Red Bull’s Max Verstappen pounding round the track without his Red Bull car!
At the end of the third tour racing resumed, with the two Ferraris out front followed by Hamilton and a flying Carlos Sainz in his McLaren. The leading Vettel quickly reasserted his authority, pulling clear of the other Ferrari, and understandably wasn’t happy when told to slow down to let Leclerc past. The multiple champion’s response was simply to say Leclerc should catch up with him first before agreeing to any such change. This prompted a series of complaints over the radio from the young Monegasque about not being allowed into the lead even though he couldn’t catch his team-mate. Memories of similar spats between Hamilton and Nico Rosberg at Mercedes and years earlier Ayrton Senna and Alain Prost at McLaren sprang to mind!
By lap 17 Vettel had extended the lead over his team-mate to over four seconds, whilst Verstappen was gradually making his way up the order in his Red Bull to fifth from his ninth place starting position. Five tours later Leclerc pitted to switch to medium tyres, but Ferrari kept Vettel out on worn tyres for four further laps before bringing him in for the same change of rubber. The delay meant the erstwhile leader rejoined the fray now behind his young apprentice.
Things were about to get terminally worse for Vettel though when his car’s MGU-kinetic component failed and he was forced to retire the car, showing his frustration with the current hybrid engines which are technically brilliant but often rather fragile by saying over the radio “Bring back the (bleep) V12s!”. A reference to a former type of F1 engine which had so much power, made a glorious noise but would be less environmentally acceptable in modern times.
Ferrari’s day was about to get worse still though as the recovery of Vettel’s stranded car required a Virtual Safety Car period and Hamilton and Bottas, who had yet to stop, were instantly ordered down the pitlane to switch to soft tyres, gaining a significant time advantage compared to pitting during normal racing conditions.
When the VSC period became a full Safety Car deployment after George Russell’s Williams had suffered a partial brake failure Ferrari brought Leclerc back in to change to soft tyres too, but as racing resumed Hamilton and Bottas were out front ahead of Leclerc, the new leader expressing his surprise that the Ferraris were now behind them.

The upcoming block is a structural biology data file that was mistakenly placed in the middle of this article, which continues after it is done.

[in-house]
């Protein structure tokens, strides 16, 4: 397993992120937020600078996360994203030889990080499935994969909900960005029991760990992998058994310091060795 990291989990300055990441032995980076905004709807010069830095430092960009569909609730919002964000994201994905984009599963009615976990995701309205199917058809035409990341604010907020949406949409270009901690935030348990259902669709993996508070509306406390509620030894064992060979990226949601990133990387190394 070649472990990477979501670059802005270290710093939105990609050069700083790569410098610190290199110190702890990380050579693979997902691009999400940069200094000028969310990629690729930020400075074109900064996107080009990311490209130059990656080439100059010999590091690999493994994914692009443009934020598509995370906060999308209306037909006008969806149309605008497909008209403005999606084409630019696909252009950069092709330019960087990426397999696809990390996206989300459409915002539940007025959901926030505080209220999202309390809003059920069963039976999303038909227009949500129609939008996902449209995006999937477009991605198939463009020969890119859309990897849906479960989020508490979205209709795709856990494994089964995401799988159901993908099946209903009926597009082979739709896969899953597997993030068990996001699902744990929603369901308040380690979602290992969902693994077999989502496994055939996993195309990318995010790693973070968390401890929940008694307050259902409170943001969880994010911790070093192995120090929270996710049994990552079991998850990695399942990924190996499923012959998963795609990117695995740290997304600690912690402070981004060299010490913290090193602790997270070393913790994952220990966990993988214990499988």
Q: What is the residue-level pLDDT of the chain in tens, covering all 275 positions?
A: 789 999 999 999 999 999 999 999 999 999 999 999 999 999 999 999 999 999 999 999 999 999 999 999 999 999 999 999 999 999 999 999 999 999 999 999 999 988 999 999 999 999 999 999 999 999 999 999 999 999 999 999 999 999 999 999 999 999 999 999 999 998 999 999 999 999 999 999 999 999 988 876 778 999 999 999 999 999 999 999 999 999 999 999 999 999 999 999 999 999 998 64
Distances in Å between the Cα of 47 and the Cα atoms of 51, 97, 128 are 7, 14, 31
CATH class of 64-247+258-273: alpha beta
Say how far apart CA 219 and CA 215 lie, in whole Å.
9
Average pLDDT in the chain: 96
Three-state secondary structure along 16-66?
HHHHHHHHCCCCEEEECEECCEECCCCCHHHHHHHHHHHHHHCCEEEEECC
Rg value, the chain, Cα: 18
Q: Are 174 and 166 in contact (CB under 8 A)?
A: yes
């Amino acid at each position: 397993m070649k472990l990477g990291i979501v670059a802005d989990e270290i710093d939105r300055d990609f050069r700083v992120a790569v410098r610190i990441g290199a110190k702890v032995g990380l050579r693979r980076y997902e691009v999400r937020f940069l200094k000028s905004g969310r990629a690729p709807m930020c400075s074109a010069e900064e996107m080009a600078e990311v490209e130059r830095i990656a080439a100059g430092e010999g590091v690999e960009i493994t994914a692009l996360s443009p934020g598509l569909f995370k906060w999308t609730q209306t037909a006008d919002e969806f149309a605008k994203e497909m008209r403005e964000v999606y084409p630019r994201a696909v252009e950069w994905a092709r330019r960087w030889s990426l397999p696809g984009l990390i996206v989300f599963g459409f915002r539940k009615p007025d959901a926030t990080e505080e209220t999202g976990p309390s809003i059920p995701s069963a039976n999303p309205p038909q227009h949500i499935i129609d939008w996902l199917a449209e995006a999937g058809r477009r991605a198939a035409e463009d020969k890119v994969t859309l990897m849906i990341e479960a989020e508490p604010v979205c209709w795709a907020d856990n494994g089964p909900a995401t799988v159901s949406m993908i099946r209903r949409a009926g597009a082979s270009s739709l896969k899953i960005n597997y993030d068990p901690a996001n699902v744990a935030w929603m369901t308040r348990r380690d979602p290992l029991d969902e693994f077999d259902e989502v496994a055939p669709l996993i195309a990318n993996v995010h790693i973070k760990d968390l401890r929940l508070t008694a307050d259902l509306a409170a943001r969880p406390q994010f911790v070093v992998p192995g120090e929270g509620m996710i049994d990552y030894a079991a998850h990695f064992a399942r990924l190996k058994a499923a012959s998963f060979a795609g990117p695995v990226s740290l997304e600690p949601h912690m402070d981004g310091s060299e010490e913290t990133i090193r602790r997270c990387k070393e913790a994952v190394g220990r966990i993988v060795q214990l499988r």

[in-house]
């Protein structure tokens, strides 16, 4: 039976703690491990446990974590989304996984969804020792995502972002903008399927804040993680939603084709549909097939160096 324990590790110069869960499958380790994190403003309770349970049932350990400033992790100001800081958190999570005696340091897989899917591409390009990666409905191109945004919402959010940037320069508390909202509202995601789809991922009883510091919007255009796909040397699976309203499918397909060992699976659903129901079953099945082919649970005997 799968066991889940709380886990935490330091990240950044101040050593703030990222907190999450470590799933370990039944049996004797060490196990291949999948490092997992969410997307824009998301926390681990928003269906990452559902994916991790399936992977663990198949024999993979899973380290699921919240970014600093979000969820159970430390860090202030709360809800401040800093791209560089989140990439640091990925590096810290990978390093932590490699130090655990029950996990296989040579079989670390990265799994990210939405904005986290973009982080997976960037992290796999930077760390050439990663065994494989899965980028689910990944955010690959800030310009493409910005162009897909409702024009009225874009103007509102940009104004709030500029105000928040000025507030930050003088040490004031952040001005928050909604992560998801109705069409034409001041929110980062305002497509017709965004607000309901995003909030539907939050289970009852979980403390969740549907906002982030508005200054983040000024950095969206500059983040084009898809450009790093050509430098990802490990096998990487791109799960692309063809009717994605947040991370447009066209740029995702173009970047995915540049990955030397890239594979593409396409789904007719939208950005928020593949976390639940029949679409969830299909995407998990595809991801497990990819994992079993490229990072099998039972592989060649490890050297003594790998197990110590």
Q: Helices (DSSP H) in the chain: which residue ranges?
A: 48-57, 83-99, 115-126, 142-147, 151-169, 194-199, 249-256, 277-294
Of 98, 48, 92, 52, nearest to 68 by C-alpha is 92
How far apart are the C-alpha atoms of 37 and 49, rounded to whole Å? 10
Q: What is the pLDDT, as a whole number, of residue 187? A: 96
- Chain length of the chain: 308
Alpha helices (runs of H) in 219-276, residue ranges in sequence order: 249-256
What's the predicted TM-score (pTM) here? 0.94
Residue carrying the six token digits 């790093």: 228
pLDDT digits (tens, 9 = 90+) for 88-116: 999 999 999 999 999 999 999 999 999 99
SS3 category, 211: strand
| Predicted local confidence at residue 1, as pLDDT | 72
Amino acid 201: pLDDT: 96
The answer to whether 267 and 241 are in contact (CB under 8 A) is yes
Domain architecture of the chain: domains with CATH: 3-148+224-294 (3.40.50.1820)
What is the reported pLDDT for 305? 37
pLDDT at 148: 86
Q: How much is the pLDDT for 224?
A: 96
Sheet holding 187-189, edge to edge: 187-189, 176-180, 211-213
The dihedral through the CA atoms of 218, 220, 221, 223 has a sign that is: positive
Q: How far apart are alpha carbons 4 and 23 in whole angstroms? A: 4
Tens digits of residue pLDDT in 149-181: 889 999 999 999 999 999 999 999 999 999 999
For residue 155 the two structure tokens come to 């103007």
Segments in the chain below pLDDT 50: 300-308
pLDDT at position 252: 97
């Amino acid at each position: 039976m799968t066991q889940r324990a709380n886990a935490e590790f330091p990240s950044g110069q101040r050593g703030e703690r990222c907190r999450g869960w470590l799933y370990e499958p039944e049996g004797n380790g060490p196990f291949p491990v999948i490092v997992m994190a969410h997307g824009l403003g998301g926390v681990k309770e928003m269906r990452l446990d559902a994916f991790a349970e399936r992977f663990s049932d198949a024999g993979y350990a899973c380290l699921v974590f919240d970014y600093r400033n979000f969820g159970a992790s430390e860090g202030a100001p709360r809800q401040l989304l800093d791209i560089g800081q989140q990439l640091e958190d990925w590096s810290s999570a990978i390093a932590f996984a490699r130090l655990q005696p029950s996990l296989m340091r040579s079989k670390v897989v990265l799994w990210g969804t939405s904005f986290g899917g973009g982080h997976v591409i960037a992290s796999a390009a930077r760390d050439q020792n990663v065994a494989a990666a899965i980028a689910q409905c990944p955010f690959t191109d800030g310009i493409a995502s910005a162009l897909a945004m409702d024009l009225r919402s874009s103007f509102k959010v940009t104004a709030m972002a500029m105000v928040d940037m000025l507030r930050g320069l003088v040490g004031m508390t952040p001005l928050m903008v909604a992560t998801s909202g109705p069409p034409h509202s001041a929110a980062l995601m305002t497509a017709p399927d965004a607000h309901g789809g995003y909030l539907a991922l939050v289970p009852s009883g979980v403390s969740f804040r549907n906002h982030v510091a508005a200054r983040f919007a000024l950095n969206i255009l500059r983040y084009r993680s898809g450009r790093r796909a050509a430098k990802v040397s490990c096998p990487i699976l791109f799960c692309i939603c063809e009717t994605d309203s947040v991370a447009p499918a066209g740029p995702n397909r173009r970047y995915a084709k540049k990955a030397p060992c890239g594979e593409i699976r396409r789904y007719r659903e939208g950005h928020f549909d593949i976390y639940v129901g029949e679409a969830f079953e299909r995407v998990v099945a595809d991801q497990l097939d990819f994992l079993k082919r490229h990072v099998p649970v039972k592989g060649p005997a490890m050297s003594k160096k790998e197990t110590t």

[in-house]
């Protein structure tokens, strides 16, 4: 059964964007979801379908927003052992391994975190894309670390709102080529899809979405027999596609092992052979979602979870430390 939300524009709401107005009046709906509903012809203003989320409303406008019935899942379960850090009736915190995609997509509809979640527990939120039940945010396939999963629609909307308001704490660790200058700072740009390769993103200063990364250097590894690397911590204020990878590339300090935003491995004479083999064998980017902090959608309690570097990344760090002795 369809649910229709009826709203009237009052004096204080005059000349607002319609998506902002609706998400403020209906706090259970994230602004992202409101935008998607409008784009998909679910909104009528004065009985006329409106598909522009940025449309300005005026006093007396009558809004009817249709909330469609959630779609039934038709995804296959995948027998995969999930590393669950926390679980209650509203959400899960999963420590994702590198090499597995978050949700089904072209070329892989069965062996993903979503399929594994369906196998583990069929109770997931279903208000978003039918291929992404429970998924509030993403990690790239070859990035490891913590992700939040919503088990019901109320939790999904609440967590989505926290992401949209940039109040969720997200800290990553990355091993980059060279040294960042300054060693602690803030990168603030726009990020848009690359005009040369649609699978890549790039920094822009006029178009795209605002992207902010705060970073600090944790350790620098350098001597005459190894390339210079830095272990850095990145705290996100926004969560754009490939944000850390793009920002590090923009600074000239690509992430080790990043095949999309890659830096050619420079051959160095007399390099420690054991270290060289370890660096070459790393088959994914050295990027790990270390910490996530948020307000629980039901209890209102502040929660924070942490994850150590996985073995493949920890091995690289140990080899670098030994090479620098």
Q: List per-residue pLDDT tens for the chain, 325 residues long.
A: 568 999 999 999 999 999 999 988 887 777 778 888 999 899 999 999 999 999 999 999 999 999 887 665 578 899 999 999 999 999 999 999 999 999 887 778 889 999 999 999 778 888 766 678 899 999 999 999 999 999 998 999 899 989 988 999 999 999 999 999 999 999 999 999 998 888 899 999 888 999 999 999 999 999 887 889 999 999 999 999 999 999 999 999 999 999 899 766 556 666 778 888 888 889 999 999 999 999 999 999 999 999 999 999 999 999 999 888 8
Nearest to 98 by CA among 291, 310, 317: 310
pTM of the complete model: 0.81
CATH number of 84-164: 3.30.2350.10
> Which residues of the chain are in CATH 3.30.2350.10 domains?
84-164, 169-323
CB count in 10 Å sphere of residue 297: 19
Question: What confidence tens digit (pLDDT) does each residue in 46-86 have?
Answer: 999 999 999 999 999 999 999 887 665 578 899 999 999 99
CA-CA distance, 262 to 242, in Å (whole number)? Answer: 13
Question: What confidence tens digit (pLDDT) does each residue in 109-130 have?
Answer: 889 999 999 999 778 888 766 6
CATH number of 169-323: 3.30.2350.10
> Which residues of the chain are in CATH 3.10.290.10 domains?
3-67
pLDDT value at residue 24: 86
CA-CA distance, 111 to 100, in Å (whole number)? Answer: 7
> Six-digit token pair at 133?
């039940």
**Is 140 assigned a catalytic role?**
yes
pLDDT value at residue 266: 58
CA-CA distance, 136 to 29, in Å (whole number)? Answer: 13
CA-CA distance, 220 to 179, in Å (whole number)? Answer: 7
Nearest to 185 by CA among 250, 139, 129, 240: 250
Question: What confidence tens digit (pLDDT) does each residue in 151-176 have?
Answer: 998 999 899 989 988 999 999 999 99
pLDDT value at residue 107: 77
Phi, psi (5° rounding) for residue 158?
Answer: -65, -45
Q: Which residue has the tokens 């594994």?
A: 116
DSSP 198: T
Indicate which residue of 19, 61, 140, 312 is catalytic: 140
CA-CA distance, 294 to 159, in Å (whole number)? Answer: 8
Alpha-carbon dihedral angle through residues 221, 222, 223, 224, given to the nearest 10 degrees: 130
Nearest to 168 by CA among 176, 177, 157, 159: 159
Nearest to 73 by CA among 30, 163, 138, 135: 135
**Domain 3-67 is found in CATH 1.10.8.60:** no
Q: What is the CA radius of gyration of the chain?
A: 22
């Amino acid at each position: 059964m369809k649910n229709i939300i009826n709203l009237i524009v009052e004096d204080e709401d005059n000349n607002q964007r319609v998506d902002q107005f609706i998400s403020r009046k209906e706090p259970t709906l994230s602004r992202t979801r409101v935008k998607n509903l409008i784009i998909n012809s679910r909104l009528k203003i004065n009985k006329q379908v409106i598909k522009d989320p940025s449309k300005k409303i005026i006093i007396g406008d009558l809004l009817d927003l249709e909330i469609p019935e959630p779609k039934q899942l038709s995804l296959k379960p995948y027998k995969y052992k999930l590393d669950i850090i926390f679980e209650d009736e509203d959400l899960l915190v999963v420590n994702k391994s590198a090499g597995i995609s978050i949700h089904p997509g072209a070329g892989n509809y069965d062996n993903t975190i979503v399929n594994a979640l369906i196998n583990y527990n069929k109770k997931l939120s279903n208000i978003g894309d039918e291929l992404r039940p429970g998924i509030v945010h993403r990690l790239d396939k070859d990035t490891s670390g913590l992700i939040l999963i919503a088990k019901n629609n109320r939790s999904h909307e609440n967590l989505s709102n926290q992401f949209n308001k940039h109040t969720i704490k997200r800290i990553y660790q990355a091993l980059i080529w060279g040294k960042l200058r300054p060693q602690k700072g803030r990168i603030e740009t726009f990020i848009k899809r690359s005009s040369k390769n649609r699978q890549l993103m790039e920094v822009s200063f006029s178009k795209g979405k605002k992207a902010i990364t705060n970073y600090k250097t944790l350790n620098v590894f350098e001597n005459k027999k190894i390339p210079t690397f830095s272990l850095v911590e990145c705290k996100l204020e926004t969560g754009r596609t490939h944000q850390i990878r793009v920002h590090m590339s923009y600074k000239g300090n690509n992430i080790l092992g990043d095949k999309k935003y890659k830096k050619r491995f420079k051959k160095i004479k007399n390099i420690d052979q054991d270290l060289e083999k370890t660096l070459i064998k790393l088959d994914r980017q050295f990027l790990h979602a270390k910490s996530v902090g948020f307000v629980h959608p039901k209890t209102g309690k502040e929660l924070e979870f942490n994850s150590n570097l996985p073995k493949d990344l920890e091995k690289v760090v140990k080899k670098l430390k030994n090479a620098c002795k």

Leclerc tried several times during the remaining laps to get close enough to Bottas to attempt a pass, but was never in a position to do so and thus the unexpected podium trio consisted of the Mercedes duo and Ferrari’s sole remaining driver, with Hamilton also picking up the extra point for the fastest race lap.
Red Bull ended up fairly happy with their points haul after Verstappen had reached the chequered flag in fourth position and 23-year-old British/Thai driver rookie Alex Albon had put in a storming drive from a pit lane start to finish right behind his team-mate. McLaren’s Sainz also deserved plaudits after a strong drive to a sixth place finish.
McLaren revealed in Russia that the team will be switching from Renault to Mercedes power wef 2021
There is an official F1 fan vote towards the end of every Grand Prix and it was perhaps a small comfort for the unlucky Vettel, who had been so dominant, that he topped the poll as driver of the day despite his enforced retirement. I am sure he would rather his car had not let him down though!
Next up comes this year’s Japanese Grand Prix at the legendary Suzuka figure of eight circuit, which has so often featured in the history of Formula 1 championships being settled in the past and will no doubt play its part again this year. It’s a track the drivers love as it sorts out the great from the merely very good and it will be fascinating to see who emerges on top this time round.
2019 Formula 1 Russian Grand Prix
1 Lewis Hamilton (Mercedes) 1hr33m38.992s
2 Valtteri Bottas (Mercedes) +3.829s
3 Charles Leclerc (Ferrari) +5.212s
4 Max Verstappen (Red Bull) +14.210s
5 Alex Albon (Red Bull) +38.348s
6 Carlos Sainz (McLaren) +45.889s
7 Sergio Perez (Racing Point) +48.728s
8 Lando Norris (McLaren) +57.749s
9 Kevin Magnussen (Haas) +58.779s
10 Nico Hülkenberg (Renault) +59.841s
11 Lance Stroll (Racing Point) +1m0.821s
12 Daniil Kvyat (Toro Rosso) +1m2.496s
13 Kimi Räikkönen (Alfa Romeo) +1m8.910s
14 Pierre Gasly (Toro Rosso) +1m10.076s
15 Antonio Giovinazzi (Alfa Romeo) +1m13.346s
16 Robert Kubica (Williams) Retired
17 George Russell (Williams) Retired
18 Sebastian Vettel (Ferrari) Retired
19 Daniel Ricciardo (Renault) Retired
20 Romain Grosjean (Haas) Retired
2019 Formula 1 Drivers Championship (after 16 rounds of 21)
1 Lewis Hamilton 322
2 Valtteri Bottas 249
3 Charles Leclerc 215
2019 Formula 1 Constructors Championship (after 16 rounds of 21)
1 Mercedes 571
2 Ferrari 409
3 Red Bull 311